How to introduce a security blanket

Monster Ruggle

Whether you want it to happen or not, your baby will probably choose a security item at some point in their first year. The good news is that you can steer them toward something you want them to use. The bad news is that it doesn’t always work. He might choose one of your old slips or a chipmunk dog toy*, but at least you’ll have tried.

A lovey, woobie, security blanket or whatever you want to call it is just an item that comforts a baby or toddler. It helps to give them a sense of security and safety, even when you aren’t around. I’ve never heard a Mom outright object to their child having a lovey, but I guess it can be similar to the pacifier debate. Much like pacifiers, there’s little risk that your 8 year old will be dragging his woobie to school with him.

You’ll want to choose something soft and attractive to your child. For the purpose of this post I’m going to assume you’ve chosen a Ruggle. 😉 Timing isn’t critical but it is important. According to things I’ve read, attachment to a security object tends to develop around six months of age, but peaks at about eighteen to thirty months. You want to introduce the object to your child before they’re six months old, so they have time to form that attachment and before your baby finds her own. I missed the mark with my oldest son and he ended up using my hair as his security blanket. That wasn’t ideal, to say the least.

The first thing I recommend is to sleep with the Ruggle yourself for a few days. This will help get your scent into it. The next step is to feed your baby with the Ruggle in reach. You can use the Ruggle like a blanket over your baby, drape it over your shoulder so she can play with the claws, etc. Just have it there with her every time she eats. From there it’s just a matter of keeping it with her or within reach as you go about your day.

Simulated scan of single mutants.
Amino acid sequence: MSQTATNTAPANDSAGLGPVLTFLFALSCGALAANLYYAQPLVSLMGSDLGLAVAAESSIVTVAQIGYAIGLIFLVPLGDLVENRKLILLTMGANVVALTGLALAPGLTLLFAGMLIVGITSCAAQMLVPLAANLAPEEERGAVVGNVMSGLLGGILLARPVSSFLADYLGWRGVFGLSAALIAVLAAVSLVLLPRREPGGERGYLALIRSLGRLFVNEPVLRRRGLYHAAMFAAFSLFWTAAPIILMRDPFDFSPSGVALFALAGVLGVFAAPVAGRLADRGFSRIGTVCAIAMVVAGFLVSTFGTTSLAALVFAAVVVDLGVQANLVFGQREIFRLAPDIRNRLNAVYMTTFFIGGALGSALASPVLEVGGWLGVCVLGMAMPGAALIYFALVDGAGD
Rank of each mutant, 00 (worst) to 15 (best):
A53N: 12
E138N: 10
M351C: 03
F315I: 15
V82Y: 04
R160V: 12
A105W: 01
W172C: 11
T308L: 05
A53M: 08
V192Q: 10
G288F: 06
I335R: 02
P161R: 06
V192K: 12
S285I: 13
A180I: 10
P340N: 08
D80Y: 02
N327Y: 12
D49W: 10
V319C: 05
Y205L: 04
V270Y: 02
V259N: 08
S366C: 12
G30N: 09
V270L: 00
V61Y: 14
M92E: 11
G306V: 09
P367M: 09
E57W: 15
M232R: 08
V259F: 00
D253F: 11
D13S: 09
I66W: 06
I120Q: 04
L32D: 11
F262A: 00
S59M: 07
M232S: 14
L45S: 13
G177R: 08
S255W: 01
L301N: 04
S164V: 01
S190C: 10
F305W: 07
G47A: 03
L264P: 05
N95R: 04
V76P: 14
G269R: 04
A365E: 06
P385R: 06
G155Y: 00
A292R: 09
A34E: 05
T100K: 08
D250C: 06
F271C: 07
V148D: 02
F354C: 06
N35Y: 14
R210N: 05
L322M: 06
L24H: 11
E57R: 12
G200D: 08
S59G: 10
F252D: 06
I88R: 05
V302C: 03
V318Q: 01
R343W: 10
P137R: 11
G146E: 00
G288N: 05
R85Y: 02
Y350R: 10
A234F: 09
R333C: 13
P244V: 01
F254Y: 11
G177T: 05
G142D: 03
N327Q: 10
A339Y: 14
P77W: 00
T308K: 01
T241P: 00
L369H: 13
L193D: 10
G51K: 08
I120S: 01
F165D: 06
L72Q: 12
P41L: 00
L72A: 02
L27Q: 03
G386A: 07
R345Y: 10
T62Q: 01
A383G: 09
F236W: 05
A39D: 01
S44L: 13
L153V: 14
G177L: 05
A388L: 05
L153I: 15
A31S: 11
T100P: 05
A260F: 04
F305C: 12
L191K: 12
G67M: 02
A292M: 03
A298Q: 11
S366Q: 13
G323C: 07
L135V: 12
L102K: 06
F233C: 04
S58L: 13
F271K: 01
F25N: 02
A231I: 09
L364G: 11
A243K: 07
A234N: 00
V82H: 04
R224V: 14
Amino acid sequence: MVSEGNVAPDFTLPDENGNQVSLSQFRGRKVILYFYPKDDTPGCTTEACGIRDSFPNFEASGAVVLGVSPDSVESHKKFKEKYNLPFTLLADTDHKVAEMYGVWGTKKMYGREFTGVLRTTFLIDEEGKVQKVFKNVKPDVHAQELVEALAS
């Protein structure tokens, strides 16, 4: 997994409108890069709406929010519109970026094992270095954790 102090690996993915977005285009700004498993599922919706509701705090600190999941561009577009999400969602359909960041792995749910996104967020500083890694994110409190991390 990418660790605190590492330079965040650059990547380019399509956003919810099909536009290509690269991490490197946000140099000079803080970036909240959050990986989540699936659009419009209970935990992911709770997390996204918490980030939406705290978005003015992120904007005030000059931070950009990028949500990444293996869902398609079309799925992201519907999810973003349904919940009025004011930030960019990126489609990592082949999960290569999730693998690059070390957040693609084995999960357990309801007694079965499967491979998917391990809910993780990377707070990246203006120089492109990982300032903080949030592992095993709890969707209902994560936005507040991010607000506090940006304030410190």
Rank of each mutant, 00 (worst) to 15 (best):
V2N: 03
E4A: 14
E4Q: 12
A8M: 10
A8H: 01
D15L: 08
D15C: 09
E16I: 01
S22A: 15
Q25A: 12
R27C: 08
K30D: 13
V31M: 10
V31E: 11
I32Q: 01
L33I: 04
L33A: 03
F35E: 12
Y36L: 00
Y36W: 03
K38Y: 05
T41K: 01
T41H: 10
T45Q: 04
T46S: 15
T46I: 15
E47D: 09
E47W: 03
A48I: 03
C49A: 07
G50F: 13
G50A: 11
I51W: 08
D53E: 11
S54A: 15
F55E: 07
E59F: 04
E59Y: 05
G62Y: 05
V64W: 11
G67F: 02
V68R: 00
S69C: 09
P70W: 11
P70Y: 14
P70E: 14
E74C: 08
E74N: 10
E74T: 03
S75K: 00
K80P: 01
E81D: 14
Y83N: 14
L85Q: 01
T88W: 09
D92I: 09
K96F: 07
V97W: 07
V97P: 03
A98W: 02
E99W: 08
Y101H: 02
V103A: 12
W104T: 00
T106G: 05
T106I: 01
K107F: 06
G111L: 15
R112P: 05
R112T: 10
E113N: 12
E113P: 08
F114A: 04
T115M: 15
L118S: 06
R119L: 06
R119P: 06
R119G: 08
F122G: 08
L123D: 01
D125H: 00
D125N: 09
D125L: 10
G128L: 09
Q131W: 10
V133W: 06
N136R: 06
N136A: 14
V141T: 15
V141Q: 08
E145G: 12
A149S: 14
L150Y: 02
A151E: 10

Remember that NO blanket or toy should ever be left with an unattended sleeping baby. Babies 12 months and younger are still at risk for SIDS, so be smart about this.

Hopefully, after you’ve gotten your scent on the Ruggle, introduced it to your baby during feeding time and then kept it with her while she’s awake, she’ll gravitate to it and choose it as her security item. Don’t make the mistake of giving your baby choices. It might seem like a good idea to have a backup plan in place if he rejects the first item, but it will more likely just lead to him not choosing either one.

Good luck! And remember, if your child ends up choosing one of your husband’s “I drank myself stupid” t-shirts from college* that you then have to drag around everywhere… this too shall pass.

Lion Ruggle

*Yes, these are actual examples from children I know.


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